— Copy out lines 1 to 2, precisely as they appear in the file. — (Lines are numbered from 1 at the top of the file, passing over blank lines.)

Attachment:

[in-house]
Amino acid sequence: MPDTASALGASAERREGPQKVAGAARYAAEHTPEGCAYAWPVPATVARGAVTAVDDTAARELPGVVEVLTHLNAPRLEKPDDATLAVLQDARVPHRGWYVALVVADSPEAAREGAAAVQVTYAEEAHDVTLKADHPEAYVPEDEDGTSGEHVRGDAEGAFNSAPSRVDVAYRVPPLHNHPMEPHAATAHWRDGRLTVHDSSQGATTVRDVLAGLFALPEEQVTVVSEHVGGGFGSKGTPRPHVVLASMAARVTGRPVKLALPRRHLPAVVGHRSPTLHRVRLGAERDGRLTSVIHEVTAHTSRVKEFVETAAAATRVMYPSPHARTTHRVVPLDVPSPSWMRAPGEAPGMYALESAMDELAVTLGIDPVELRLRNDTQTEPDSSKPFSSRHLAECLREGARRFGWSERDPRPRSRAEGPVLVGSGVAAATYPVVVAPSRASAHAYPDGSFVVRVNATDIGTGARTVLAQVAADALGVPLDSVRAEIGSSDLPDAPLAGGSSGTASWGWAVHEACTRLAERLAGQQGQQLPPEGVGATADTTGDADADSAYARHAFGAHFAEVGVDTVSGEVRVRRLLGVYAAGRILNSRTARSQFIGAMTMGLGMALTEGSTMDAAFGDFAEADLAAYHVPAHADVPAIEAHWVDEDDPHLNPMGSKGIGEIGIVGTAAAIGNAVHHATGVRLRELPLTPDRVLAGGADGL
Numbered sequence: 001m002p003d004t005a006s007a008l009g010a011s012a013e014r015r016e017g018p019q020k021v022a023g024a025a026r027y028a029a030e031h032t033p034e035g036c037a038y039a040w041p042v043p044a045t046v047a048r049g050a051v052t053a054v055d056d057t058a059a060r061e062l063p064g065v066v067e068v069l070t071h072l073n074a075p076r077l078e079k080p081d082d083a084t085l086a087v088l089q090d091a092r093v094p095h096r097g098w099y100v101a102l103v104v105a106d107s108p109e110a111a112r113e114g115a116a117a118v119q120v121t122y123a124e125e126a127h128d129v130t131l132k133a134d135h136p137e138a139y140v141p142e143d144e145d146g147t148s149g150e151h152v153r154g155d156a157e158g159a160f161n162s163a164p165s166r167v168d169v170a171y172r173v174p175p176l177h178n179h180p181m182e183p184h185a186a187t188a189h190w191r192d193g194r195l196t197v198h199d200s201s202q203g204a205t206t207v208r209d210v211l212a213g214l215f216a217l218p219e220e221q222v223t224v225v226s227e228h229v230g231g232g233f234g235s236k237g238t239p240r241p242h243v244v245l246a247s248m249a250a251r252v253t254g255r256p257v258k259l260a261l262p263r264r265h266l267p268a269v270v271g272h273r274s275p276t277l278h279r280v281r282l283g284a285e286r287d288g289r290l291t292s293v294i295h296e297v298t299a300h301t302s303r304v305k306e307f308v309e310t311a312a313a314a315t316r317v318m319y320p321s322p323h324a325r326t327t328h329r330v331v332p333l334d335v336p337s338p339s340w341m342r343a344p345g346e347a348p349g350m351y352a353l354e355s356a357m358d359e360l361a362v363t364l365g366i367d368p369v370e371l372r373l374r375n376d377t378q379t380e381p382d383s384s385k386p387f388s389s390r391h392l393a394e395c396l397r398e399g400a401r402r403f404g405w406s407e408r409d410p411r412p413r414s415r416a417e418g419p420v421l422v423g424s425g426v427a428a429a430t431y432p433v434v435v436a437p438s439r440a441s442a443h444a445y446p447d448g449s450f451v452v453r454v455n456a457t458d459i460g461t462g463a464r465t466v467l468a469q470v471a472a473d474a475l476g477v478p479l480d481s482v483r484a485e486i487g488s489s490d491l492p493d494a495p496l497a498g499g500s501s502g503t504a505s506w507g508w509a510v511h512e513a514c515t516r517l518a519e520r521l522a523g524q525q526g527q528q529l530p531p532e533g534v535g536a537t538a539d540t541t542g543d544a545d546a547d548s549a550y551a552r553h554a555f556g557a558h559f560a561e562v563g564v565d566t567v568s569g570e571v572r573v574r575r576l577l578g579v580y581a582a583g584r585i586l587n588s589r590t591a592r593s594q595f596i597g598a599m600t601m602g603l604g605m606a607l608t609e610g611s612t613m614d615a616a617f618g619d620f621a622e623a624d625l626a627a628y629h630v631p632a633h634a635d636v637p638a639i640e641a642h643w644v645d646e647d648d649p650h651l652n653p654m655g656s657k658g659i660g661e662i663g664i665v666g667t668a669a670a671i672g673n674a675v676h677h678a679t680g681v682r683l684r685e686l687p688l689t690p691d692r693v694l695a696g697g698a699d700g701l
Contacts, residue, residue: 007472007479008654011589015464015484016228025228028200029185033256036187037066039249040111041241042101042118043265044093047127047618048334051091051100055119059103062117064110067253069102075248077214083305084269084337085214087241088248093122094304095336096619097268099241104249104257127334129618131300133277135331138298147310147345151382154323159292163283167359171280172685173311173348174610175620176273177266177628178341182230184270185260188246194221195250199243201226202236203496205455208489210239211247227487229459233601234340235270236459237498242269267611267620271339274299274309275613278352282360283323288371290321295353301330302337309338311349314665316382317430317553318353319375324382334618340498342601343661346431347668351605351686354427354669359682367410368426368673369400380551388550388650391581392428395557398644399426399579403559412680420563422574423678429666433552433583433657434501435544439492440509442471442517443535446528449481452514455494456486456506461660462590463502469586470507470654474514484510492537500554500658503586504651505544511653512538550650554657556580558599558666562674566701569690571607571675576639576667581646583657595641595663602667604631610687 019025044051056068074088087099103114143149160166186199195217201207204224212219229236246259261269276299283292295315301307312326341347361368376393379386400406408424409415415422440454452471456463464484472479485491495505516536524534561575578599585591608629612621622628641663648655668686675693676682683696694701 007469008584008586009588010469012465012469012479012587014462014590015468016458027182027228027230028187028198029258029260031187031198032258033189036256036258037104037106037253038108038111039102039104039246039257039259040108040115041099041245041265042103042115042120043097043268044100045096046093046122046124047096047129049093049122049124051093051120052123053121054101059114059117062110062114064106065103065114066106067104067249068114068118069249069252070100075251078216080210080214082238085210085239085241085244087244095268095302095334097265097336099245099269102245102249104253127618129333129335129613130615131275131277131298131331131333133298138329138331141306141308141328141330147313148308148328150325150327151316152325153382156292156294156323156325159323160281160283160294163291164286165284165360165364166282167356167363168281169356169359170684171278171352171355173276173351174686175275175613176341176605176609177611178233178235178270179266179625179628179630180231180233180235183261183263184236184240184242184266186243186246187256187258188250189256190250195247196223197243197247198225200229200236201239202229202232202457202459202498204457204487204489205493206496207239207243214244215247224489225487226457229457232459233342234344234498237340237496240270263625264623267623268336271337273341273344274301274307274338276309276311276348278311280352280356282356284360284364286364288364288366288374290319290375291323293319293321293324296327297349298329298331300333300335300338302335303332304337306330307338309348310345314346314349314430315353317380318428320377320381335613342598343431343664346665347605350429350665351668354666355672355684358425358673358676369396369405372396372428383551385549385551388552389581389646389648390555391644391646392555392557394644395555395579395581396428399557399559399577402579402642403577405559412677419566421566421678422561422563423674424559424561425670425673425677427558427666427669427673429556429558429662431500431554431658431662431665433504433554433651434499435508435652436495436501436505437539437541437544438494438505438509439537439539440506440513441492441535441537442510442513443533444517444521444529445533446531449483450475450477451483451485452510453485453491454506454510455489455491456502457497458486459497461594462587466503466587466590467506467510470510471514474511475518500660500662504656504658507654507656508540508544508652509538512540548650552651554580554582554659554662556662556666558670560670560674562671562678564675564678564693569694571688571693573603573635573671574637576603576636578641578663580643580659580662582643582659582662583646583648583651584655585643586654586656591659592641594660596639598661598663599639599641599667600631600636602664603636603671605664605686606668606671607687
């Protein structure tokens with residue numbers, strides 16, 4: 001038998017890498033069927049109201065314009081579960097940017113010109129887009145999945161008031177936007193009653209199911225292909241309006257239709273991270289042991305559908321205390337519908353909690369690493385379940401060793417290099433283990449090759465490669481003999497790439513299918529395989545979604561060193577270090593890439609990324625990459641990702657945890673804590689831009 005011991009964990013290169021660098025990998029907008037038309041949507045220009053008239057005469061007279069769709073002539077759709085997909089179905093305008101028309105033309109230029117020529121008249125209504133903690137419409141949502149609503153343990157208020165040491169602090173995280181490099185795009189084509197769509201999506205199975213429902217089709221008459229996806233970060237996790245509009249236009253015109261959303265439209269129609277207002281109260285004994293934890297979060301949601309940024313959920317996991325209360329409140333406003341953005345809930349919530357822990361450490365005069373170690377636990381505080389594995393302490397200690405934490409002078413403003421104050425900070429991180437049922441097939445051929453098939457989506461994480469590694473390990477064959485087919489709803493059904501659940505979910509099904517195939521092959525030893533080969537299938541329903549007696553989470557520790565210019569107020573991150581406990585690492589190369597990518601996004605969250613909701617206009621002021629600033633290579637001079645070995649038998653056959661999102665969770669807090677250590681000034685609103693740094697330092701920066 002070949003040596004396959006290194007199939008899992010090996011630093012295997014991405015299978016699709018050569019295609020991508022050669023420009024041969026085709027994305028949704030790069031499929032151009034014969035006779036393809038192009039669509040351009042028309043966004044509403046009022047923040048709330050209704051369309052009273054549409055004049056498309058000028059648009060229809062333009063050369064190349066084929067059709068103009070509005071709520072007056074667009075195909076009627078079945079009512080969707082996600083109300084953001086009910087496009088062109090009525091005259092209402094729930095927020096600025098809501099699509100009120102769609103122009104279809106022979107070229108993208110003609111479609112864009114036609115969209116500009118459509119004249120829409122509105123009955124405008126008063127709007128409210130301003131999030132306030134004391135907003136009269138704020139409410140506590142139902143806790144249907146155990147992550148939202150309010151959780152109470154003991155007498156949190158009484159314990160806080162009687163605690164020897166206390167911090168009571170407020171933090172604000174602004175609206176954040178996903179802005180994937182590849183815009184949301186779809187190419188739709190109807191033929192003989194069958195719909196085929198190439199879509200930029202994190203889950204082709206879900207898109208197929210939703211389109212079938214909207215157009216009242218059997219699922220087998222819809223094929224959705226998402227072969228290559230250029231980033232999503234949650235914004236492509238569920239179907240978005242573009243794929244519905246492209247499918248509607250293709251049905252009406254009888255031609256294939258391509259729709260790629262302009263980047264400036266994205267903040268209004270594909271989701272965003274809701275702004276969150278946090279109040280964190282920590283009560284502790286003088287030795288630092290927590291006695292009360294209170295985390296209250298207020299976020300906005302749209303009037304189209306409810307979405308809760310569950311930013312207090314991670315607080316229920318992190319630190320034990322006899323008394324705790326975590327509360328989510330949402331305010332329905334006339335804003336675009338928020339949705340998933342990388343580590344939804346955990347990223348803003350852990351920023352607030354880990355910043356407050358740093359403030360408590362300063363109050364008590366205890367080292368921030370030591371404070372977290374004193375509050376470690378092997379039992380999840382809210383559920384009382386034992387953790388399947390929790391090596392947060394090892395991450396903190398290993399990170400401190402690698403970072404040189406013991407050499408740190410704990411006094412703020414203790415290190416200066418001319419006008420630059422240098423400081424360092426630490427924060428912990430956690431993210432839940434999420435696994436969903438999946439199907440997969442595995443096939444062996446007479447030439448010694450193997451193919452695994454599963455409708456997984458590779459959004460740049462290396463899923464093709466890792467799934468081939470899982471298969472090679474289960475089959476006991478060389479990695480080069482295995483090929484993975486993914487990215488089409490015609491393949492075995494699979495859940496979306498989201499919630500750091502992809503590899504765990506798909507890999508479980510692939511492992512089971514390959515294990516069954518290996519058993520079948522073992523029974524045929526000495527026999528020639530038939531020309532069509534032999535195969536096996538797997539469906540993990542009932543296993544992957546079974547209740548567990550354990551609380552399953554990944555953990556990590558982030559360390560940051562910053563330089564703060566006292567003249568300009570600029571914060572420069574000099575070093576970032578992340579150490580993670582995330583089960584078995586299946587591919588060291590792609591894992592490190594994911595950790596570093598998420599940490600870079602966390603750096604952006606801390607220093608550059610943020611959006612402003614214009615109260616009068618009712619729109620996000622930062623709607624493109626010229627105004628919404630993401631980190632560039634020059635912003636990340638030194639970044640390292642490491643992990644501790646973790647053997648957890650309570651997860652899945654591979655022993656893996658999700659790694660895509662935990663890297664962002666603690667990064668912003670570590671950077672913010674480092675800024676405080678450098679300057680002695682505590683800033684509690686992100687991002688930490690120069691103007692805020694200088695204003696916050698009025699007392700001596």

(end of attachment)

[in-house]
Amino acid sequence: MPDTASALGASAERREGPQKVAGAARYAAEHTPEGCAYAWPVPATVARGAVTAVDDTAARELPGVVEVLTHLNAPRLEKPDDATLAVLQDARVPHRGWYVALVVADSPEAAREGAAAVQVTYAEEAHDVTLKADHPEAYVPEDEDGTSGEHVRGDAEGAFNSAPSRVDVAYRVPPLHNHPMEPHAATAHWRDGRLTVHDSSQGATTVRDVLAGLFALPEEQVTVVSEHVGGGFGSKGTPRPHVVLASMAARVTGRPVKLALPRRHLPAVVGHRSPTLHRVRLGAERDGRLTSVIHEVTAHTSRVKEFVETAAAATRVMYPSPHARTTHRVVPLDVPSPSWMRAPGEAPGMYALESAMDELAVTLGIDPVELRLRNDTQTEPDSSKPFSSRHLAECLREGARRFGWSERDPRPRSRAEGPVLVGSGVAAATYPVVVAPSRASAHAYPDGSFVVRVNATDIGTGARTVLAQVAADALGVPLDSVRAEIGSSDLPDAPLAGGSSGTASWGWAVHEACTRLAERLAGQQGQQLPPEGVGATADTTGDADADSAYARHAFGAHFAEVGVDTVSGEVRVRRLLGVYAAGRILNSRTARSQFIGAMTMGLGMALTEGSTMDAAFGDFAEADLAAYHVPAHADVPAIEAHWVDEDDPHLNPMGSKGIGEIGIVGTAAAIGNAVHHATGVRLRELPLTPDRVLAGGADGL